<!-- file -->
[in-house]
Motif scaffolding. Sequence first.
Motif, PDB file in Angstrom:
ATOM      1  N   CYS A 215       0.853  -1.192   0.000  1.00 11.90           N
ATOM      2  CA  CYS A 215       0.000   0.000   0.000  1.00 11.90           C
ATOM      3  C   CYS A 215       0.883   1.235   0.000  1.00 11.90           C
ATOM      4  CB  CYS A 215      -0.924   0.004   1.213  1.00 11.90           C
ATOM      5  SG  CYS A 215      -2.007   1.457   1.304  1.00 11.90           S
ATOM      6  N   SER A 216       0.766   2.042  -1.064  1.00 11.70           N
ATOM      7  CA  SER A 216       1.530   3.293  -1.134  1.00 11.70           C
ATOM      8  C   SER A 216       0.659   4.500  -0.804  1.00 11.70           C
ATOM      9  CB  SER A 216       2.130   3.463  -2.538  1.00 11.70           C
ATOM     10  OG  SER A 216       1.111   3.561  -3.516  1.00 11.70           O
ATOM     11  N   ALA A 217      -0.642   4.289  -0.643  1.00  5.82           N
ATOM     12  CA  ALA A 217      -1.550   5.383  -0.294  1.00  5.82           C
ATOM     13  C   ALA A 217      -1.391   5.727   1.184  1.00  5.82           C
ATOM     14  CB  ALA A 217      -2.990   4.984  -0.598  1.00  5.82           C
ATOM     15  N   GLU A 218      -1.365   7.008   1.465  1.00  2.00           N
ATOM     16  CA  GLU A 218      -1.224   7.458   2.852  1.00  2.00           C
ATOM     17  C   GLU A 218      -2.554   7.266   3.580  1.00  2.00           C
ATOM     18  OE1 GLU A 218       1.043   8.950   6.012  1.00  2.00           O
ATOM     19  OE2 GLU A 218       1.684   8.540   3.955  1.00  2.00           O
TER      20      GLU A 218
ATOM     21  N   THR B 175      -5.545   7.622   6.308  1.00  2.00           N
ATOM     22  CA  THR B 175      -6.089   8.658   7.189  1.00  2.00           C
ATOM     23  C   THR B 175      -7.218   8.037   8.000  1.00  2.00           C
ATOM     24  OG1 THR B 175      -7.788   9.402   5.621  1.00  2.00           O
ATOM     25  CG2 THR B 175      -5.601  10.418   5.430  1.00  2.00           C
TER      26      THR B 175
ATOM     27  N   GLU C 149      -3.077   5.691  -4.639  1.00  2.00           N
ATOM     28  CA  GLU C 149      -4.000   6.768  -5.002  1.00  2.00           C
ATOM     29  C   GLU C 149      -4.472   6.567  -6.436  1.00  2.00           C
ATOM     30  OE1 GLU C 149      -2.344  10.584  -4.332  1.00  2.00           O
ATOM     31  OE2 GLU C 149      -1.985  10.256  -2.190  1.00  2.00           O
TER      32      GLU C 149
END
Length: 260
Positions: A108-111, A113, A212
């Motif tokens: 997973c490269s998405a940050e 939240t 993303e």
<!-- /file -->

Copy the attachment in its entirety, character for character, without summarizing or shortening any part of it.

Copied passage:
[in-house]
Motif scaffolding. Sequence first.
Motif, PDB file in Angstrom:
ATOM      1  N   CYS A 215       0.853  -1.192   0.000  1.00 11.90           N
ATOM      2  CA  CYS A 215       0.000   0.000   0.000  1.00 11.90           C
ATOM      3  C   CYS A 215       0.883   1.235   0.000  1.00 11.90           C
ATOM      4  CB  CYS A 215      -0.924   0.004   1.213  1.00 11.90           C
ATOM      5  SG  CYS A 215      -2.007   1.457   1.304  1.00 11.90           S
ATOM      6  N   SER A 216       0.766   2.042  -1.064  1.00 11.70           N
ATOM      7  CA  SER A 216       1.530   3.293  -1.134  1.00 11.70           C
ATOM      8  C   SER A 216       0.659   4.500  -0.804  1.00 11.70           C
ATOM      9  CB  SER A 216       2.130   3.463  -2.538  1.00 11.70           C
ATOM     10  OG  SER A 216       1.111   3.561  -3.516  1.00 11.70           O
ATOM     11  N   ALA A 217      -0.642   4.289  -0.643  1.00  5.82           N
ATOM     12  CA  ALA A 217      -1.550   5.383  -0.294  1.00  5.82           C
ATOM     13  C   ALA A 217      -1.391   5.727   1.184  1.00  5.82           C
ATOM     14  CB  ALA A 217      -2.990   4.984  -0.598  1.00  5.82           C
ATOM     15  N   GLU A 218      -1.365   7.008   1.465  1.00  2.00           N
ATOM     16  CA  GLU A 218      -1.224   7.458   2.852  1.00  2.00           C
ATOM     17  C   GLU A 218      -2.554   7.266   3.580  1.00  2.00           C
ATOM     18  OE1 GLU A 218       1.043   8.950   6.012  1.00  2.00           O
ATOM     19  OE2 GLU A 218       1.684   8.540   3.955  1.00  2.00           O
TER      20      GLU A 218
ATOM     21  N   THR B 175      -5.545   7.622   6.308  1.00  2.00           N
ATOM     22  CA  THR B 175      -6.089   8.658   7.189  1.00  2.00           C
ATOM     23  C   THR B 175      -7.218   8.037   8.000  1.00  2.00           C
ATOM     24  OG1 THR B 175      -7.788   9.402   5.621  1.00  2.00           O
ATOM     25  CG2 THR B 175      -5.601  10.418   5.430  1.00  2.00           C
TER      26      THR B 175
ATOM     27  N   GLU C 149      -3.077   5.691  -4.639  1.00  2.00           N
ATOM     28  CA  GLU C 149      -4.000   6.768  -5.002  1.00  2.00           C
ATOM     29  C   GLU C 149      -4.472   6.567  -6.436  1.00  2.00           C
ATOM     30  OE1 GLU C 149      -2.344  10.584  -4.332  1.00  2.00           O
ATOM     31  OE2 GLU C 149      -1.985  10.256  -2.190  1.00  2.00           O
TER      32      GLU C 149
END
Length: 260
Positions: A108-111, A113, A212
């Motif tokens: 997973c490269s998405a940050e 939240t 993303e």